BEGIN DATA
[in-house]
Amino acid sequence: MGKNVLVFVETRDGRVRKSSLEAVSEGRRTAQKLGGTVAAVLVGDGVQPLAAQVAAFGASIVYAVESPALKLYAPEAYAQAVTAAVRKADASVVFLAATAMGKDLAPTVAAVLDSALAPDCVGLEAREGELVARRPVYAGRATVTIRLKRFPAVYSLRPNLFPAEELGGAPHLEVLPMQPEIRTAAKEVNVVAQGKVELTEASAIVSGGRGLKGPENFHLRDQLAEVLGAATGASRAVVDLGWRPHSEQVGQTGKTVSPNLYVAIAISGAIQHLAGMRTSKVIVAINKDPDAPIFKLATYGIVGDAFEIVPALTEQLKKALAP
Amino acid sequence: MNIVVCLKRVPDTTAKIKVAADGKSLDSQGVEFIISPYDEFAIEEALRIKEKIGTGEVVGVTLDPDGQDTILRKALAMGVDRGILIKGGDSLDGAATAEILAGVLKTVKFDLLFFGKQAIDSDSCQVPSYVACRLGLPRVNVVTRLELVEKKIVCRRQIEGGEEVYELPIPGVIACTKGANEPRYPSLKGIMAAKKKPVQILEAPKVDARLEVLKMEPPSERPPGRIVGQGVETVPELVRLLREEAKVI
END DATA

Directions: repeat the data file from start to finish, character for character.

[in-house]
Amino acid sequence: MGKNVLVFVETRDGRVRKSSLEAVSEGRRTAQKLGGTVAAVLVGDGVQPLAAQVAAFGASIVYAVESPALKLYAPEAYAQAVTAAVRKADASVVFLAATAMGKDLAPTVAAVLDSALAPDCVGLEAREGELVARRPVYAGRATVTIRLKRFPAVYSLRPNLFPAEELGGAPHLEVLPMQPEIRTAAKEVNVVAQGKVELTEASAIVSGGRGLKGPENFHLRDQLAEVLGAATGASRAVVDLGWRPHSEQVGQTGKTVSPNLYVAIAISGAIQHLAGMRTSKVIVAINKDPDAPIFKLATYGIVGDAFEIVPALTEQLKKALAP
Amino acid sequence: MNIVVCLKRVPDTTAKIKVAADGKSLDSQGVEFIISPYDEFAIEEALRIKEKIGTGEVVGVTLDPDGQDTILRKALAMGVDRGILIKGGDSLDGAATAEILAGVLKTVKFDLLFFGKQAIDSDSCQVPSYVACRLGLPRVNVVTRLELVEKKIVCRRQIEGGEEVYELPIPGVIACTKGANEPRYPSLKGIMAAKKKPVQILEAPKVDARLEVLKMEPPSERPPGRIVGQGVETVPELVRLLREEAKVI